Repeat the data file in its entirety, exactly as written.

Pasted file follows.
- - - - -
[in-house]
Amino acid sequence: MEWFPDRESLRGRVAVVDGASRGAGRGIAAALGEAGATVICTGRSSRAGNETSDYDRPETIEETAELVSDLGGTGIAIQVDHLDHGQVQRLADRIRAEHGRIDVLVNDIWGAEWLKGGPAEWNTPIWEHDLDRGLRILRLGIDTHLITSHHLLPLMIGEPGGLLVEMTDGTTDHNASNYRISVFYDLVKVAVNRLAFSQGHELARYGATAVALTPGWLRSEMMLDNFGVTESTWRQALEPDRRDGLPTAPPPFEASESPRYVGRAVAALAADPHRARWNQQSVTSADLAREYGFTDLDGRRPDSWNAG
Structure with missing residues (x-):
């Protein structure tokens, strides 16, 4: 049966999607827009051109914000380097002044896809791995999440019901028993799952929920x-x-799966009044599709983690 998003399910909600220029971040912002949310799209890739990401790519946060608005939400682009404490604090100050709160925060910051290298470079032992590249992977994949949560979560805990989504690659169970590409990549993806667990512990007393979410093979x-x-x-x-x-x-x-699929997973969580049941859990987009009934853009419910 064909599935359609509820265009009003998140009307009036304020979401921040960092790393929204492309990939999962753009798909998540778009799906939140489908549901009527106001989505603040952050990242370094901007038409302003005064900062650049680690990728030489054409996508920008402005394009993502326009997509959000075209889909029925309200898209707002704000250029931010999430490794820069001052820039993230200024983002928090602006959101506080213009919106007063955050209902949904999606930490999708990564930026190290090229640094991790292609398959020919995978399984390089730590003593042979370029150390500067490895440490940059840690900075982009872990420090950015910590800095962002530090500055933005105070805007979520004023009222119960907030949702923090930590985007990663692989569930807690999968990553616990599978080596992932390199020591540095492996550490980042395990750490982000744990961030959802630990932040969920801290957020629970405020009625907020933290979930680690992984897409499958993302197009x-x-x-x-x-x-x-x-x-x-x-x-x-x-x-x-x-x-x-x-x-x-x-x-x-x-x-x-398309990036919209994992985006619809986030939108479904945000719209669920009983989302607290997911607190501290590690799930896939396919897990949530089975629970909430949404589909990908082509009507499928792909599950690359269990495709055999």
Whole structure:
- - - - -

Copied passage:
[in-house]
Amino acid sequence: MEWFPDRESLRGRVAVVDGASRGAGRGIAAALGEAGATVICTGRSSRAGNETSDYDRPETIEETAELVSDLGGTGIAIQVDHLDHGQVQRLADRIRAEHGRIDVLVNDIWGAEWLKGGPAEWNTPIWEHDLDRGLRILRLGIDTHLITSHHLLPLMIGEPGGLLVEMTDGTTDHNASNYRISVFYDLVKVAVNRLAFSQGHELARYGATAVALTPGWLRSEMMLDNFGVTESTWRQALEPDRRDGLPTAPPPFEASESPRYVGRAVAALAADPHRARWNQQSVTSADLAREYGFTDLDGRRPDSWNAG
Structure with missing residues (x-):
């Protein structure tokens, strides 16, 4: 049966999607827009051109914000380097002044896809791995999440019901028993799952929920x-x-799966009044599709983690 998003399910909600220029971040912002949310799209890739990401790519946060608005939400682009404490604090100050709160925060910051290298470079032992590249992977994949949560979560805990989504690659169970590409990549993806667990512990007393979410093979x-x-x-x-x-x-x-699929997973969580049941859990987009009934853009419910 064909599935359609509820265009009003998140009307009036304020979401921040960092790393929204492309990939999962753009798909998540778009799906939140489908549901009527106001989505603040952050990242370094901007038409302003005064900062650049680690990728030489054409996508920008402005394009993502326009997509959000075209889909029925309200898209707002704000250029931010999430490794820069001052820039993230200024983002928090602006959101506080213009919106007063955050209902949904999606930490999708990564930026190290090229640094991790292609398959020919995978399984390089730590003593042979370029150390500067490895440490940059840690900075982009872990420090950015910590800095962002530090500055933005105070805007979520004023009222119960907030949702923090930590985007990663692989569930807690999968990553616990599978080596992932390199020591540095492996550490980042395990750490982000744990961030959802630990932040969920801290957020629970405020009625907020933290979930680690992984897409499958993302197009x-x-x-x-x-x-x-x-x-x-x-x-x-x-x-x-x-x-x-x-x-x-x-x-x-x-x-x-398309990036919209994992985006619809986030939108479904945000719209669920009983989302607290997911607190501290590690799930896939396919897990949530089975629970909430949404589909990908082509009507499928792909599950690359269990495709055999």
Whole structure: